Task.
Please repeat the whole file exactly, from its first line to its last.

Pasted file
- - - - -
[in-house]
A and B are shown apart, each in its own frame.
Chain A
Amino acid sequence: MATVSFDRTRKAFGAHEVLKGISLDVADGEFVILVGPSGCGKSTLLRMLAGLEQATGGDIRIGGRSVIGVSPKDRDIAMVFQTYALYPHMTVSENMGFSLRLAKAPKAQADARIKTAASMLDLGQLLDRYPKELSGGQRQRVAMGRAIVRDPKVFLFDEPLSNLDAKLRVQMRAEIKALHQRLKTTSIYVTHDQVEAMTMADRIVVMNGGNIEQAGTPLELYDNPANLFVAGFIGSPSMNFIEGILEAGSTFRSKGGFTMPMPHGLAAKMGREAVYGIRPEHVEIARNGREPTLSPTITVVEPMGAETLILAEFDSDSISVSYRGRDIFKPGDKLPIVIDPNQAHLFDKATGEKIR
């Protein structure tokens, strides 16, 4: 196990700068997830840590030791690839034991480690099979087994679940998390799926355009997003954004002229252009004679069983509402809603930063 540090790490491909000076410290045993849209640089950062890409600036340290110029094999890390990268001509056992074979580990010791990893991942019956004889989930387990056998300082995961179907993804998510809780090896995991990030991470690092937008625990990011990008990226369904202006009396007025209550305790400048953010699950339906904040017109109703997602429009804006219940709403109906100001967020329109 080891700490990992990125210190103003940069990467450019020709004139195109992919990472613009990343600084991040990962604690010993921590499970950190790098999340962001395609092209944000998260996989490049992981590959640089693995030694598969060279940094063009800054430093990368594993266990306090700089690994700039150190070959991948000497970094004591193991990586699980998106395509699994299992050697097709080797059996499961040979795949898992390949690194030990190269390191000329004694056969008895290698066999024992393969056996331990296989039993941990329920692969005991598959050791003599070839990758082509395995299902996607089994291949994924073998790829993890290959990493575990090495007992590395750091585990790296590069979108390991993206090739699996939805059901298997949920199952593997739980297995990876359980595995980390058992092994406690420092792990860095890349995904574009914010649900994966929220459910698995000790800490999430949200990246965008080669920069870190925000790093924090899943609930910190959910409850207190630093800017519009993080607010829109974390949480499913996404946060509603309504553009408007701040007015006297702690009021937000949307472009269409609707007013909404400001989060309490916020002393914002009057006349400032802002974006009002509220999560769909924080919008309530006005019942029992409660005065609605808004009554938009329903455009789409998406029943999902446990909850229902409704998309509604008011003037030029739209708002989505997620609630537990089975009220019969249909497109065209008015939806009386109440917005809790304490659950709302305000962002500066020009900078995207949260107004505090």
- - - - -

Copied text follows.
[in-house]
A and B are shown apart, each in its own frame.
Chain A
Amino acid sequence: MATVSFDRTRKAFGAHEVLKGISLDVADGEFVILVGPSGCGKSTLLRMLAGLEQATGGDIRIGGRSVIGVSPKDRDIAMVFQTYALYPHMTVSENMGFSLRLAKAPKAQADARIKTAASMLDLGQLLDRYPKELSGGQRQRVAMGRAIVRDPKVFLFDEPLSNLDAKLRVQMRAEIKALHQRLKTTSIYVTHDQVEAMTMADRIVVMNGGNIEQAGTPLELYDNPANLFVAGFIGSPSMNFIEGILEAGSTFRSKGGFTMPMPHGLAAKMGREAVYGIRPEHVEIARNGREPTLSPTITVVEPMGAETLILAEFDSDSISVSYRGRDIFKPGDKLPIVIDPNQAHLFDKATGEKIR
């Protein structure tokens, strides 16, 4: 196990700068997830840590030791690839034991480690099979087994679940998390799926355009997003954004002229252009004679069983509402809603930063 540090790490491909000076410290045993849209640089950062890409600036340290110029094999890390990268001509056992074979580990010791990893991942019956004889989930387990056998300082995961179907993804998510809780090896995991990030991470690092937008625990990011990008990226369904202006009396007025209550305790400048953010699950339906904040017109109703997602429009804006219940709403109906100001967020329109 080891700490990992990125210190103003940069990467450019020709004139195109992919990472613009990343600084991040990962604690010993921590499970950190790098999340962001395609092209944000998260996989490049992981590959640089693995030694598969060279940094063009800054430093990368594993266990306090700089690994700039150190070959991948000497970094004591193991990586699980998106395509699994299992050697097709080797059996499961040979795949898992390949690194030990190269390191000329004694056969008895290698066999024992393969056996331990296989039993941990329920692969005991598959050791003599070839990758082509395995299902996607089994291949994924073998790829993890290959990493575990090495007992590395750091585990790296590069979108390991993206090739699996939805059901298997949920199952593997739980297995990876359980595995980390058992092994406690420092792990860095890349995904574009914010649900994966929220459910698995000790800490999430949200990246965008080669920069870190925000790093924090899943609930910190959910409850207190630093800017519009993080607010829109974390949480499913996404946060509603309504553009408007701040007015006297702690009021937000949307472009269409609707007013909404400001989060309490916020002393914002009057006349400032802002974006009002509220999560769909924080919008309530006005019942029992409660005065609605808004009554938009329903455009789409998406029943999902446990909850229902409704998309509604008011003037030029739209708002989505997620609630537990089975009220019969249909497109065209008015939806009386109440917005809790304490659950709302305000962002500066020009900078995207949260107004505090």